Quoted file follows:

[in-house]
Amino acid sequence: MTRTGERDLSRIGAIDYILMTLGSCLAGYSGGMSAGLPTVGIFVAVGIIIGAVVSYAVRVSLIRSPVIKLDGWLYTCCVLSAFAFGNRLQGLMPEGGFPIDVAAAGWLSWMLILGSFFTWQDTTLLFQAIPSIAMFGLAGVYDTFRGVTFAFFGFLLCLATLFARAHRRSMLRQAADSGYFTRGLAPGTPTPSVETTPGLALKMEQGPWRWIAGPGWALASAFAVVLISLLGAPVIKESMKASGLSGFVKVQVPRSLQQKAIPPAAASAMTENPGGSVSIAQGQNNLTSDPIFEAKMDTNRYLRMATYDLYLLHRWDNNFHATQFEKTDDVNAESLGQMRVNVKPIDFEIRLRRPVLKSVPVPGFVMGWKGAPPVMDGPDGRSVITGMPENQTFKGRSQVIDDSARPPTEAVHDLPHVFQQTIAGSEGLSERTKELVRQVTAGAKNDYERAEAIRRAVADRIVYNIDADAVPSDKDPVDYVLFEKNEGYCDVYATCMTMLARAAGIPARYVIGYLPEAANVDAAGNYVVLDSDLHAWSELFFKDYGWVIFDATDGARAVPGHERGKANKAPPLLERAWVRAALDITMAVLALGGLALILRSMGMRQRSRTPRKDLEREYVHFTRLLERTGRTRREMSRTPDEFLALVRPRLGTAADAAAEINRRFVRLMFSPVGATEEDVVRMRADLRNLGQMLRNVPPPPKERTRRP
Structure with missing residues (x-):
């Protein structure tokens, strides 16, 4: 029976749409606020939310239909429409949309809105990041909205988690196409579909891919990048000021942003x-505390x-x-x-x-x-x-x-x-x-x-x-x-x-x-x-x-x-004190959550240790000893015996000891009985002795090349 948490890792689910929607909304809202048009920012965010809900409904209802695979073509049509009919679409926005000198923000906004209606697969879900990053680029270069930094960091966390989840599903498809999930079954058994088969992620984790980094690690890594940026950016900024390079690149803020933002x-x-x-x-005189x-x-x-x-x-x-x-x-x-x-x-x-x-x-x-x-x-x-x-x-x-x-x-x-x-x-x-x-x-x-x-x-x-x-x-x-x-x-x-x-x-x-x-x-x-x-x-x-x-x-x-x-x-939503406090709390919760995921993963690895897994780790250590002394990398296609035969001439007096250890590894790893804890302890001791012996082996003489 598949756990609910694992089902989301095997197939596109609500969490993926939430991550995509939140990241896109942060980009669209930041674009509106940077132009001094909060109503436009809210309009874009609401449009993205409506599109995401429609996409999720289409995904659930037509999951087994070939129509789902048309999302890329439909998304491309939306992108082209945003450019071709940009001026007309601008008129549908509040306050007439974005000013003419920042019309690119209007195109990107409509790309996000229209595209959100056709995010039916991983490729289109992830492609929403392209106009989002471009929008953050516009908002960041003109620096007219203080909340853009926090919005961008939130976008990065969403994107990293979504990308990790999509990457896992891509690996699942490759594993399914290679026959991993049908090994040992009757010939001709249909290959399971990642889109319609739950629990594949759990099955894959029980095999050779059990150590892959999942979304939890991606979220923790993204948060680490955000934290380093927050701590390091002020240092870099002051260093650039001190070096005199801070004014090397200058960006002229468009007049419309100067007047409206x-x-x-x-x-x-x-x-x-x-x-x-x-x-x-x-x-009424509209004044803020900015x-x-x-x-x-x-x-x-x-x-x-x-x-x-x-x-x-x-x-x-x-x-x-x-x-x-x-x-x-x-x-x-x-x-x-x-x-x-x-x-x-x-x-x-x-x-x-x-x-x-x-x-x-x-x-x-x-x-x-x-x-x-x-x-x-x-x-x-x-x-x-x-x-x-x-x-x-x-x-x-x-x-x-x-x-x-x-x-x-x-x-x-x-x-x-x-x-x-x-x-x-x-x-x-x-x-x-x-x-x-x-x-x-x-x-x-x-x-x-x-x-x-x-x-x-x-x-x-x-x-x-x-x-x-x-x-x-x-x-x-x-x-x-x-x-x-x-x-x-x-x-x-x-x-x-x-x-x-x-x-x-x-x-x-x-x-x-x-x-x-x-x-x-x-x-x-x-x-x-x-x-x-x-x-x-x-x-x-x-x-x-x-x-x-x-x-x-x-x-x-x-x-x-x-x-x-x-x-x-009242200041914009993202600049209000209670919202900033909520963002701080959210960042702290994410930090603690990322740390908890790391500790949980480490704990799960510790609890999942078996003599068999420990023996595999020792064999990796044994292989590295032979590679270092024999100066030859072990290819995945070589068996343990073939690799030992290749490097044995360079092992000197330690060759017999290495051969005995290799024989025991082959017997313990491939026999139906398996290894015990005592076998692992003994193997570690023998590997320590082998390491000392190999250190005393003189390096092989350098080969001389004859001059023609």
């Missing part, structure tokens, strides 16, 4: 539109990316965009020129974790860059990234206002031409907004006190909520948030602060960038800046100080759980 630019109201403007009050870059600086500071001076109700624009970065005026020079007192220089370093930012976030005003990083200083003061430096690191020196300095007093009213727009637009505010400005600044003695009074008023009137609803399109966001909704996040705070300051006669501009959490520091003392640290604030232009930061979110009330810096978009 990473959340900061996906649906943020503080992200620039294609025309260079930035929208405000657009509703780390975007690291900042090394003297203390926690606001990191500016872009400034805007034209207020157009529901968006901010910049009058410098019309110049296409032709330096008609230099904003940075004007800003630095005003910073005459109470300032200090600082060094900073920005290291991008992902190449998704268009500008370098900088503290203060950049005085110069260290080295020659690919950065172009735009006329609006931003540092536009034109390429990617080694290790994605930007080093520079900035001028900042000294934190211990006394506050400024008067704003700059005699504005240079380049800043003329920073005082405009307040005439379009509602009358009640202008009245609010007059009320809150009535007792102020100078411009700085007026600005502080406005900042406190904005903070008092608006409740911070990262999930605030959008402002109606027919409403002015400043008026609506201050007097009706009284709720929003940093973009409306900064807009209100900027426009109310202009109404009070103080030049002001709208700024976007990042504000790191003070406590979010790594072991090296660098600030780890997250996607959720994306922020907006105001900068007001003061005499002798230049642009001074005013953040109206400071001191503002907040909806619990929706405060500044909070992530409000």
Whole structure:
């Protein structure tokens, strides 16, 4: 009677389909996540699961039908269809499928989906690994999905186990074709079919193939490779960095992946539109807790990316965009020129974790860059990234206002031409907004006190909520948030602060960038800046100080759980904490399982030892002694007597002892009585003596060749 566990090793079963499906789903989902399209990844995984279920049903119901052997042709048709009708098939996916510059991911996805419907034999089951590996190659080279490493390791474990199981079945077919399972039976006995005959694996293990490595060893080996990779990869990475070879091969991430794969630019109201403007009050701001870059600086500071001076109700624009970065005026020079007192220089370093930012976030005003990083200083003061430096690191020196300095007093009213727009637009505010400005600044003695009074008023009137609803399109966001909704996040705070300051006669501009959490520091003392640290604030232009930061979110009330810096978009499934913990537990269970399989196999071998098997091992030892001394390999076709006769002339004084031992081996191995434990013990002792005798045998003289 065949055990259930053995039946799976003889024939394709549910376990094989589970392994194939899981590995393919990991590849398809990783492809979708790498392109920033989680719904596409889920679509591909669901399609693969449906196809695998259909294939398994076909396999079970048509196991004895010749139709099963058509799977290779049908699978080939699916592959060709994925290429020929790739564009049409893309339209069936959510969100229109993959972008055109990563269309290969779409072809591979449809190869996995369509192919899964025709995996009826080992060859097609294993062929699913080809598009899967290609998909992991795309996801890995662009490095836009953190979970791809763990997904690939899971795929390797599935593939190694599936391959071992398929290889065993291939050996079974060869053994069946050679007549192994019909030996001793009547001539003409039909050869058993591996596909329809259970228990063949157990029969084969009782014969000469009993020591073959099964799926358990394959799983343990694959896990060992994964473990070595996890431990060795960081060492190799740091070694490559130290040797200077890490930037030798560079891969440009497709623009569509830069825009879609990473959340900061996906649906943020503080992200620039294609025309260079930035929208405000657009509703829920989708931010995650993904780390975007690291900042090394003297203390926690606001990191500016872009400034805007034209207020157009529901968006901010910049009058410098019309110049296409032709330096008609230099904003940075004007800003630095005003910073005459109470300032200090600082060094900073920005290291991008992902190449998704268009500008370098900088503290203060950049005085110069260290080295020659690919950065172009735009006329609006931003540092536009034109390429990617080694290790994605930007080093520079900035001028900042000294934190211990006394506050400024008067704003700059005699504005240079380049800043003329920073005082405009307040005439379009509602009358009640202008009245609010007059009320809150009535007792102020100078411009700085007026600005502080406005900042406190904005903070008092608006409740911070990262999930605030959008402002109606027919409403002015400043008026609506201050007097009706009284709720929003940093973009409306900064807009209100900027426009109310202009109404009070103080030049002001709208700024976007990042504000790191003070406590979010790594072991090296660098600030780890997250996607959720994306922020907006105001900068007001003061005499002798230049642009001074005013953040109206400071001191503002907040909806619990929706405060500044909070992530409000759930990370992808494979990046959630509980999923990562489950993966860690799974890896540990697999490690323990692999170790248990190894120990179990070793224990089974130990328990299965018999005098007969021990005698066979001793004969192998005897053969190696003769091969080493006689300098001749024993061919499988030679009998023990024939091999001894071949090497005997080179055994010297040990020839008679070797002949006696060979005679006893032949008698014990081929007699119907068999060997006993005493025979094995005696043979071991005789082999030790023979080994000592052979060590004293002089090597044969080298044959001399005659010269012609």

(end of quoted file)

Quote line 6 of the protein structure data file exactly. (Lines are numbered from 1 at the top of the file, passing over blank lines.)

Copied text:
Whole structure: